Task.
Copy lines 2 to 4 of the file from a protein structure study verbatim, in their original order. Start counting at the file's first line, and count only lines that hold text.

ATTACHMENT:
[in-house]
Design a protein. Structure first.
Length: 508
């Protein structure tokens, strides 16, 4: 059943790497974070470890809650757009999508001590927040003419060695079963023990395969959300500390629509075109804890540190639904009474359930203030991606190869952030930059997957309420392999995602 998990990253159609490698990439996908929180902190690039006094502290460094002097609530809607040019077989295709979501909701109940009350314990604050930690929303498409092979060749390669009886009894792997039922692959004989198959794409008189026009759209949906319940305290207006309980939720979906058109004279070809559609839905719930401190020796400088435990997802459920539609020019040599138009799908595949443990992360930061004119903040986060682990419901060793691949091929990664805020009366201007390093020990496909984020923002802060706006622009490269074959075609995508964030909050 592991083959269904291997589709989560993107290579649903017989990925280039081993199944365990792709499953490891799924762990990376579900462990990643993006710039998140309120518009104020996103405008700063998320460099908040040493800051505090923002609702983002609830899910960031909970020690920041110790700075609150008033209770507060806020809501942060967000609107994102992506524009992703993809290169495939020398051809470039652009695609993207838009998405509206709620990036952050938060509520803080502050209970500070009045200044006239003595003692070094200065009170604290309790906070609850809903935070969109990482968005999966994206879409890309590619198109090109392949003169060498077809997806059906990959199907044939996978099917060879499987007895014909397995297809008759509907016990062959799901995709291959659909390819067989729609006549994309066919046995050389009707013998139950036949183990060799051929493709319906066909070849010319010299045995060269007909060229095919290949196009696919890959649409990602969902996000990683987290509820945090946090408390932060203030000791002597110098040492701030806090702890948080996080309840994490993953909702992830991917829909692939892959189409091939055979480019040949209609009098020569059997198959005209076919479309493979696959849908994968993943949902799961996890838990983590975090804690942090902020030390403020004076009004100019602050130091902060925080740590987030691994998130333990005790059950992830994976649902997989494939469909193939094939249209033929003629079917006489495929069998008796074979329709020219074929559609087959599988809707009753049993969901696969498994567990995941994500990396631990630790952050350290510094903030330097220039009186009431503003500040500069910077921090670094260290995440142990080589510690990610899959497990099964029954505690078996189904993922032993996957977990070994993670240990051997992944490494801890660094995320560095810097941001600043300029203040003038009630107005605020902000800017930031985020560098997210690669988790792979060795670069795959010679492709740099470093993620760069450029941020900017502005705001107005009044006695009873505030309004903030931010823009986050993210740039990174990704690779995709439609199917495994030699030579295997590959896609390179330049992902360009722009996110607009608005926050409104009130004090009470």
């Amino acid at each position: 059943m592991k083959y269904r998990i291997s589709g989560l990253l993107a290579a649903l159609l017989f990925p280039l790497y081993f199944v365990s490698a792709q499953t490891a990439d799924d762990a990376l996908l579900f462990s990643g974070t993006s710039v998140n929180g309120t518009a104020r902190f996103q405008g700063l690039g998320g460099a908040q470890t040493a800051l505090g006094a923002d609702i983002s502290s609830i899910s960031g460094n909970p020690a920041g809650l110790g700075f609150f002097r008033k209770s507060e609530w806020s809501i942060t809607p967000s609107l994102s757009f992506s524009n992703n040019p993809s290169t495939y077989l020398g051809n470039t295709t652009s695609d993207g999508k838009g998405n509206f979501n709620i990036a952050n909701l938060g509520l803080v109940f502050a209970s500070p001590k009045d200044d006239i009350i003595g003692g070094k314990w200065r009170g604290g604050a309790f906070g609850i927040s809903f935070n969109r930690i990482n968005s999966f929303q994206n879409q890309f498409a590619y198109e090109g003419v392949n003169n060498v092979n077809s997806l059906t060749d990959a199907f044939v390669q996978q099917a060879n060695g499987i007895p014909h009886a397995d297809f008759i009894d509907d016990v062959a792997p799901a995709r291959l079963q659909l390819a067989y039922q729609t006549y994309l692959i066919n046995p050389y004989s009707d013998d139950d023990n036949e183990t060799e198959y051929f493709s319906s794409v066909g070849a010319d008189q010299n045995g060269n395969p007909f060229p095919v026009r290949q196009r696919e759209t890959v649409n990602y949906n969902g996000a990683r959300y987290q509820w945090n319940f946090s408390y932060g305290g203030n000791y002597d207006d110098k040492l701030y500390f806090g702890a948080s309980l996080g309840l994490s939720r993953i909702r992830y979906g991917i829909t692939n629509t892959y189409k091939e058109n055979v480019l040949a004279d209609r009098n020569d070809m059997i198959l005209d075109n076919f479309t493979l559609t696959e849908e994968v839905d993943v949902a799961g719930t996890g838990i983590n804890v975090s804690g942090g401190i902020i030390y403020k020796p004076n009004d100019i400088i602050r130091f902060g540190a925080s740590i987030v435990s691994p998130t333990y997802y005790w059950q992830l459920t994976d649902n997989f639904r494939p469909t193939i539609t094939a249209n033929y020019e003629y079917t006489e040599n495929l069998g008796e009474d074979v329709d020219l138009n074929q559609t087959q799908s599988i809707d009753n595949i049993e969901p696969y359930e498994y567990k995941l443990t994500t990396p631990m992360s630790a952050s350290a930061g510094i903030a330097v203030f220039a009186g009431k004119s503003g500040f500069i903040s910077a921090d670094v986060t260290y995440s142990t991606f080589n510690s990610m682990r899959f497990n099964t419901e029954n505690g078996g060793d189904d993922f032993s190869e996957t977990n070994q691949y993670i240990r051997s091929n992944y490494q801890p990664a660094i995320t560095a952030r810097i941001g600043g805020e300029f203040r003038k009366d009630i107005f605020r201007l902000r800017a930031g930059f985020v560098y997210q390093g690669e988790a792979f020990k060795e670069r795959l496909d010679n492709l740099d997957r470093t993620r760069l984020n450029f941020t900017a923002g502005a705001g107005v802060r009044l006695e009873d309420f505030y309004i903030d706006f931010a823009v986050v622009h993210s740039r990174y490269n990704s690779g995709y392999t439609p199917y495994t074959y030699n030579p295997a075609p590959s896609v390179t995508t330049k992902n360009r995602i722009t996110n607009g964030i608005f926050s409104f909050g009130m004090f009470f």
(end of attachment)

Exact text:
Design a protein. Structure first.
Length: 508
């Protein structure tokens, strides 16, 4: 059943790497974070470890809650757009999508001590927040003419060695079963023990395969959300500390629509075109804890540190639904009474359930203030991606190869952030930059997957309420392999995602 998990990253159609490698990439996908929180902190690039006094502290460094002097609530809607040019077989295709979501909701109940009350314990604050930690929303498409092979060749390669009886009894792997039922692959004989198959794409008189026009759209949906319940305290207006309980939720979906058109004279070809559609839905719930401190020796400088435990997802459920539609020019040599138009799908595949443990992360930061004119903040986060682990419901060793691949091929990664805020009366201007390093020990496909984020923002802060706006622009490269074959075609995508964030909050 592991083959269904291997589709989560993107290579649903017989990925280039081993199944365990792709499953490891799924762990990376579900462990990643993006710039998140309120518009104020996103405008700063998320460099908040040493800051505090923002609702983002609830899910960031909970020690920041110790700075609150008033209770507060806020809501942060967000609107994102992506524009992703993809290169495939020398051809470039652009695609993207838009998405509206709620990036952050938060509520803080502050209970500070009045200044006239003595003692070094200065009170604290309790906070609850809903935070969109990482968005999966994206879409890309590619198109090109392949003169060498077809997806059906990959199907044939996978099917060879499987007895014909397995297809008759509907016990062959799901995709291959659909390819067989729609006549994309066919046995050389009707013998139950036949183990060799051929493709319906066909070849010319010299045995060269007909060229095919290949196009696919890959649409990602969902996000990683987290509820945090946090408390932060203030000791002597110098040492701030806090702890948080996080309840994490993953909702992830991917829909692939892959189409091939055979480019040949209609009098020569059997198959005209076919479309493979696959849908994968993943949902799961996890838990983590975090804690942090902020030390403020004076009004100019602050130091902060925080740590987030691994998130333990005790059950992830994976649902997989494939469909193939094939249209033929003629079917006489495929069998008796074979329709020219074929559609087959599988809707009753049993969901696969498994567990995941994500990396631990630790952050350290510094903030330097220039009186009431503003500040500069910077921090670094260290995440142990080589510690990610899959497990099964029954505690078996189904993922032993996957977990070994993670240990051997992944490494801890660094995320560095810097941001600043300029203040003038009630107005605020902000800017930031985020560098997210690669988790792979060795670069795959010679492709740099470093993620760069450029941020900017502005705001107005009044006695009873505030309004903030931010823009986050993210740039990174990704690779995709439609199917495994030699030579295997590959896609390179330049992902360009722009996110607009608005926050409104009130004090009470």